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Sonshine Festival's economic impact to Willmar, Minn., community estimated at $4 million

Sonshine Festival volunteers sit on the main stage roof cover Monday as gusts of wind make setting up more difficult at the Willmar Civic Center grounds. The festival begins Wednesday evening. (Tribune photo by TJ Jerke)

WILLMAR -- As Willmar doubles in size for a week during the Sonshine Music Festival, the city's businesses and services find an opportunity to cash in.

The four-day Christian music celebration that begins Wednesday draws an average of 20,000 festival-goers and 120 bands per year. With a $1.2 million budget to put on the festival, the figures translate into at least $4 million in economic impact for the Willmar community, said Beth Fischer, executive director of the Willmar Lakes Area Convention and Visitors Bureau.

"People are staying in hotels, camping in campgrounds and hitting up restaurants and stores," Fischer said. "They are certainly out there spending their money."

A 2004 study by the Minnesota Tourism Office found the average spending per day per party for resident travelers was $187 while non-resident travelers spend $207 per day.

A large portion of funding for the festival comes through ticket sales. Festival Director Bob Poe said about half of the tickets are pre-sold while the other half are sold to those that walk up to the festival.

At $89, an adult ticket will get an attendee into all four days of music and various activities. That ticket translates into a cost of 90 cents per band.

Festival-goers won't find a better deal anywhere, Poe said, as he believes Sonshine Festival is one of the least expensive festivals to operate and attend.

Poe said about 12,000 parties stake a tent on the Civic Center grounds, or "Tent City," during the week. Despite that large number of campers, the music festival has a broad impact on hotels around Willmar, said Joel Vogler, vice president of hotel operations for Torgerson Properties Inc.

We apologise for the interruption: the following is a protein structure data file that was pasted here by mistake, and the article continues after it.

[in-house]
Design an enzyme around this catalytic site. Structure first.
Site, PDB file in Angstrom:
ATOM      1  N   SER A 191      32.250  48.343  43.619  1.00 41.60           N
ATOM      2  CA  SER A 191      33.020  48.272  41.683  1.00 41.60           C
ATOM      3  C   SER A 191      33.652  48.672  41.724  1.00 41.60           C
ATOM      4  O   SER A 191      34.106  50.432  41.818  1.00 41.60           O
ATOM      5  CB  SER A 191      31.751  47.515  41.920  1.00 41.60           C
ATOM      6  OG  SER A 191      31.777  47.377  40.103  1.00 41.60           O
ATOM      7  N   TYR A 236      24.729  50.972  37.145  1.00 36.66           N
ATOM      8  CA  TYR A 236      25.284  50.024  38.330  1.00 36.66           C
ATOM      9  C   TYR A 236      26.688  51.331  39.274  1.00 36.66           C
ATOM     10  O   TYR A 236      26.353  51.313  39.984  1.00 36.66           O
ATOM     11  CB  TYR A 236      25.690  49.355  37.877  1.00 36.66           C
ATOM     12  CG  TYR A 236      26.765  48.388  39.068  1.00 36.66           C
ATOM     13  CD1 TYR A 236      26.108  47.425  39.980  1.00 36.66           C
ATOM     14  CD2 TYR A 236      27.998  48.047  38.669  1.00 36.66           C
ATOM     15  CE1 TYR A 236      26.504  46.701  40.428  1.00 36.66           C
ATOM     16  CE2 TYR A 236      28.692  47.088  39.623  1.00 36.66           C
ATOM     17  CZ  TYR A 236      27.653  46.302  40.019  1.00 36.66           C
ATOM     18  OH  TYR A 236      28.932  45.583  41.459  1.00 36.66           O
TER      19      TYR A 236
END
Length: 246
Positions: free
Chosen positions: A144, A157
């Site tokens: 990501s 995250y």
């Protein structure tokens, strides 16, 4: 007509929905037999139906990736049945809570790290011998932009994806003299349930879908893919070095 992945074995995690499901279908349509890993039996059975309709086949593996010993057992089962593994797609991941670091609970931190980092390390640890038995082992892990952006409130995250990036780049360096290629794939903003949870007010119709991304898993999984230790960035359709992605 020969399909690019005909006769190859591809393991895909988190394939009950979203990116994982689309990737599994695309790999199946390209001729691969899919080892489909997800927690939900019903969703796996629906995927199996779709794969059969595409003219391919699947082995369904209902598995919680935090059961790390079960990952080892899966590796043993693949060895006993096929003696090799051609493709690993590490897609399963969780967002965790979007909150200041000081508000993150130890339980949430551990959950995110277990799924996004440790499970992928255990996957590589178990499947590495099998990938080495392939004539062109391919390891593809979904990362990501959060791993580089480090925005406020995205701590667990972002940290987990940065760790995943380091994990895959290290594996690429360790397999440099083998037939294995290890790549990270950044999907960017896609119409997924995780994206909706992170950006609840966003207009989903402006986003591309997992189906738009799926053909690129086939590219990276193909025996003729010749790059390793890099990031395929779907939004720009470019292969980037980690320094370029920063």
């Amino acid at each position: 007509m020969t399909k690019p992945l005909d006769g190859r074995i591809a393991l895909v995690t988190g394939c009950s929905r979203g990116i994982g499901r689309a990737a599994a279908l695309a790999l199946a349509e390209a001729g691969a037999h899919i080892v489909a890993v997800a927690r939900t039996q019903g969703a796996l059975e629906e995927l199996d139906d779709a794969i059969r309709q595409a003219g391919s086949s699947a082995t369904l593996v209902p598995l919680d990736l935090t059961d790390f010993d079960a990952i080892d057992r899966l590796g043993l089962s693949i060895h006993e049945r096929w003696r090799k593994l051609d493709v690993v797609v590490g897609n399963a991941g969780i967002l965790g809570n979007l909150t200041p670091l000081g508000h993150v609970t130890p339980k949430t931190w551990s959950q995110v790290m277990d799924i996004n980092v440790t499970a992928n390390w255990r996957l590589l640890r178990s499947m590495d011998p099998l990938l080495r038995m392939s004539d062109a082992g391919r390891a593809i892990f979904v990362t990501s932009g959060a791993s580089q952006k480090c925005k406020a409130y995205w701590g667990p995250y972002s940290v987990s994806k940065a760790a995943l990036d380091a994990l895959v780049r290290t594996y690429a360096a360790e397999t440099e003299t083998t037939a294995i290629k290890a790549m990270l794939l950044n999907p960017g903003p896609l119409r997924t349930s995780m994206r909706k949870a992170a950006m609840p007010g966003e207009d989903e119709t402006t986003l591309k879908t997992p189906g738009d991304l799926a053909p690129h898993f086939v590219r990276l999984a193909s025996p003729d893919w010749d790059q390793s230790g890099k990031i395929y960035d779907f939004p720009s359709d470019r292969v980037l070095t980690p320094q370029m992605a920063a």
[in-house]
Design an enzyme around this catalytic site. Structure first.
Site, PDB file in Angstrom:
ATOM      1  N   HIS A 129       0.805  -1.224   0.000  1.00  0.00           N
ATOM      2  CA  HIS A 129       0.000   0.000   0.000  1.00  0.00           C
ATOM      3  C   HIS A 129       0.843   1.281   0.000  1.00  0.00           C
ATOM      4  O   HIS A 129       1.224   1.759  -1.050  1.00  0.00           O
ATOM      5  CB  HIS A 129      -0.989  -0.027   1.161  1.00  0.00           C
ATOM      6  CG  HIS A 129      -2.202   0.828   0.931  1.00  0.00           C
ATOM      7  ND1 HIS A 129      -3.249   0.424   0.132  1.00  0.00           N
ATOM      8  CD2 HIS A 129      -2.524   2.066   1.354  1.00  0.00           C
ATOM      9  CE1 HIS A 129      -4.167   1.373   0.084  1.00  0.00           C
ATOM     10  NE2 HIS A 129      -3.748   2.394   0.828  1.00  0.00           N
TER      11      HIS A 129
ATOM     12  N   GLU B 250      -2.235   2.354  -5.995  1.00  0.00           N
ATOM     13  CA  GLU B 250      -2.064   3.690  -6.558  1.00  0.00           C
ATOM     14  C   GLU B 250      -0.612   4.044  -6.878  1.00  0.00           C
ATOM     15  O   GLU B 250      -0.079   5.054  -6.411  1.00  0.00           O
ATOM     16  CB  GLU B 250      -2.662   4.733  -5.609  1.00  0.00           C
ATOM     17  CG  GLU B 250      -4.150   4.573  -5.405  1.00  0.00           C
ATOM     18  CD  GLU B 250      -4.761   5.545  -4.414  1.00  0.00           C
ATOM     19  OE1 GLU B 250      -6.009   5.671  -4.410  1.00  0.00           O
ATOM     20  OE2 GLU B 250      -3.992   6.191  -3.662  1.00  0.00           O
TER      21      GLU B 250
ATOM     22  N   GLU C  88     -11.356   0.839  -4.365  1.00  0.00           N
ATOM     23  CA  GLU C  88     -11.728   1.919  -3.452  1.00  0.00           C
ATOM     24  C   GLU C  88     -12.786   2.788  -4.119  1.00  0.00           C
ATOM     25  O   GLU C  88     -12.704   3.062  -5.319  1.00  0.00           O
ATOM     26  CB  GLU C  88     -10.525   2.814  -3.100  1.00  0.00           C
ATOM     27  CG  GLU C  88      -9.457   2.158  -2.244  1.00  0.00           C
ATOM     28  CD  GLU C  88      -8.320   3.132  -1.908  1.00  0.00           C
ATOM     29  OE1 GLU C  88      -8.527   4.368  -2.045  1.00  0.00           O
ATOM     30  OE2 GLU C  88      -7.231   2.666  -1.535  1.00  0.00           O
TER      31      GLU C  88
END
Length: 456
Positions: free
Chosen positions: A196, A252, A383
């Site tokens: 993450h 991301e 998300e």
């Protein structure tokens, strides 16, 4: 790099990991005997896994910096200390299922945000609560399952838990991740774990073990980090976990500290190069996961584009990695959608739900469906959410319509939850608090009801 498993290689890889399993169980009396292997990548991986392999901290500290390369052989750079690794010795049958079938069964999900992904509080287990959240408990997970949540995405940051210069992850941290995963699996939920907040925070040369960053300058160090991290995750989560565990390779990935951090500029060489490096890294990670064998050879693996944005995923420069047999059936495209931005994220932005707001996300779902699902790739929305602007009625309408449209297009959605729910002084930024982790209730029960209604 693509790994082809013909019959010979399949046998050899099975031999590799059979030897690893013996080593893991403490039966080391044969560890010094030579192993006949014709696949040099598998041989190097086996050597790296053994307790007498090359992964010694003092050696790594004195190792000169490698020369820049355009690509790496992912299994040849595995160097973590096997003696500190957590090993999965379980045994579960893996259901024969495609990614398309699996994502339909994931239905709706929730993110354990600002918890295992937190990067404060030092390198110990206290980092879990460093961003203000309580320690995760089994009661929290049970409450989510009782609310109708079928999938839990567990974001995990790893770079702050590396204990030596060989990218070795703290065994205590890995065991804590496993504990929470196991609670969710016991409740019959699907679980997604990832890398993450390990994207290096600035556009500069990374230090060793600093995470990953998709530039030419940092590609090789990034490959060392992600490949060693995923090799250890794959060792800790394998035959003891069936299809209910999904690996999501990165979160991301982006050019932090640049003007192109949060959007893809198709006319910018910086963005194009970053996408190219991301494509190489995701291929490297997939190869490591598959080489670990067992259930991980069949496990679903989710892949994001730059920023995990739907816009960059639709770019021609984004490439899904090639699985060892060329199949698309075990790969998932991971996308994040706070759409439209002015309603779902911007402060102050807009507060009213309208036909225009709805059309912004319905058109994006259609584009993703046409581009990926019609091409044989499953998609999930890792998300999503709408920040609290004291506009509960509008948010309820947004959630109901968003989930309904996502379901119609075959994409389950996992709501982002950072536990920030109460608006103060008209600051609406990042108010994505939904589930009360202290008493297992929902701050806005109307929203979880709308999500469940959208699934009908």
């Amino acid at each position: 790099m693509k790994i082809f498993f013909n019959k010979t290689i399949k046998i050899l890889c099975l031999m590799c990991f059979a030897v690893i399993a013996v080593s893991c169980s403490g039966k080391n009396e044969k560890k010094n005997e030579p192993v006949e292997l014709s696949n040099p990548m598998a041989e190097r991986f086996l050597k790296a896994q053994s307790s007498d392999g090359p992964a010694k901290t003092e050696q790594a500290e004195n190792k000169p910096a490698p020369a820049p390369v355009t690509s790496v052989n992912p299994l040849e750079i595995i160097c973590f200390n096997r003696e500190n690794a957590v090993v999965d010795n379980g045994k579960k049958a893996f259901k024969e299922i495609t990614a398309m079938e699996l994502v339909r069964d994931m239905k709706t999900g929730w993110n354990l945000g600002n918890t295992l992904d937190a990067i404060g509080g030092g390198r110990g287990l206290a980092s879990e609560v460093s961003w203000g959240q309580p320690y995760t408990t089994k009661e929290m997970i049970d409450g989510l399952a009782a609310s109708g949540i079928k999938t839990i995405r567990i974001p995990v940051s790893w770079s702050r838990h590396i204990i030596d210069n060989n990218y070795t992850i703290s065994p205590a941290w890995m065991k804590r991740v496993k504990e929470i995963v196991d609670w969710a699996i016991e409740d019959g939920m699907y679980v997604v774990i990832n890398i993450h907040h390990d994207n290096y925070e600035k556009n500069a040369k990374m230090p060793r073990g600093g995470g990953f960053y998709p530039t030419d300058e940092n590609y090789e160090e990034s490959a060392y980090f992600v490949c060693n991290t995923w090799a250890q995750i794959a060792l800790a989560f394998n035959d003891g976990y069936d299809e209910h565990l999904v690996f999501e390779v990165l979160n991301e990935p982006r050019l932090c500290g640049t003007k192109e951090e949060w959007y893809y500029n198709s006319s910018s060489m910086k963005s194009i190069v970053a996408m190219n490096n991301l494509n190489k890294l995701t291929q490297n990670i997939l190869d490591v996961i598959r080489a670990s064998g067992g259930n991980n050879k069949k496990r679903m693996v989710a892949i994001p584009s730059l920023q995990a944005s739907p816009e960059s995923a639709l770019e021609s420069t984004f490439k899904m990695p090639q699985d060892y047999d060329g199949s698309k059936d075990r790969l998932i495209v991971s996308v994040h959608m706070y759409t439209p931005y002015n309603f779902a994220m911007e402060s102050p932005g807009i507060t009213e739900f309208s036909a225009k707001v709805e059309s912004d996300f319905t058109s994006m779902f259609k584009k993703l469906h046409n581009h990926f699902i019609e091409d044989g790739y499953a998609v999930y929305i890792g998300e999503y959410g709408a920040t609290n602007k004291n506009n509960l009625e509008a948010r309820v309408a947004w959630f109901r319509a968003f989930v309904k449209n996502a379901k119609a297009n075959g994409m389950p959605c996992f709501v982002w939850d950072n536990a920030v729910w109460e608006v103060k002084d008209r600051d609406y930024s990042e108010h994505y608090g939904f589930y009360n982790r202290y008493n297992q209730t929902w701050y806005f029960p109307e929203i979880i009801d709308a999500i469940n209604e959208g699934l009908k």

Torgerson Properties owns the Holiday Inn, Days Inn, Comfort Inn and Country Inn and Suites, all in Willmar, which Vogler said are usually full by the first day of the festival.

As of Friday afternoon, he said rooms were still available at all four locations.

"Any event that brings a positive light to Willmar is a benefit to any lodge," Vogler said. "This event takes up many rooms in the entire area."

Vogler said the hotels price their rooms competitively along with other hotels during the week.

"It is a supply and demand situation," he said. "We see competitive properties raise rates and we do as well."

The four Torgerson-owned hotels implement a three-night minimum stay to ensure rooms are booked during the week rather than during one of the larger Friday or Saturday nights.

The festival not only boosts local hotels and restaurants, but city facilities and departments find themselves taking in a couple dollars.

According to Poe, the festival spends $25,000 to use the Civic Center and its facilities, $20,000 to use the Senior High School, $8,000 for local garbage services and $11,000 to staff 24-hour security by the Willmar Police Department.

"It's the largest event we host at the arena," said Kevin Madsen, Civic Center operations supervisor. "It's a good opportunity to enhance revenue streams whether it be concessions or building and land rental."

Madsen said the festival rents the 14-acre space that is around the Civic Center as well as the additional space in the attached Blue Line Center.

He said the Civic Center operates its own vending and concessions during the four-day festival. Between land rental and concessions, the Civic Center took in about $18,000 last year.

Madsen said the arena crews have been setting up the Civic Center for the past two weeks, gearing up for the anticipated 20,000-person crowd.

Rich Olson, health and safety director for the Willmar Public Schools, oversees the festival's usage of the Senior High School for the showers, for the cafeteria for a pancake feed on Saturday and if there is inclement weather.

Olson said it's not a big money maker for the school but pays the bills for the four days it is used. He said the largest responsibility is maintaining the shower areas with so many using the facilities.

With only some minor problems over the years, Olson said the festival "has it down."

"It's such a great thing for Willmar with all the young people," Olson said. "It's just great to see the folks come out for the event."

Poe said the various entities do benefit from the festival in many ways, but ultimately the strong relationship developed with the city and venues benefits the festival the most.

"Willmar has been a great town for Sonshine to grow up in," Poe said.

Fischer said calls are continually flooding into the convention and visitors bureau office asking about Sonshine and other related questions.

She said the bureau advertises the city in a multi-state area in the Midwest with a large emphasis on the festival and what it has to offer.

"Organizers work hard to bring in great talent," Fischer said. "It certainly enhances the image of Willmar where people know it takes place and we are fortunate to have it."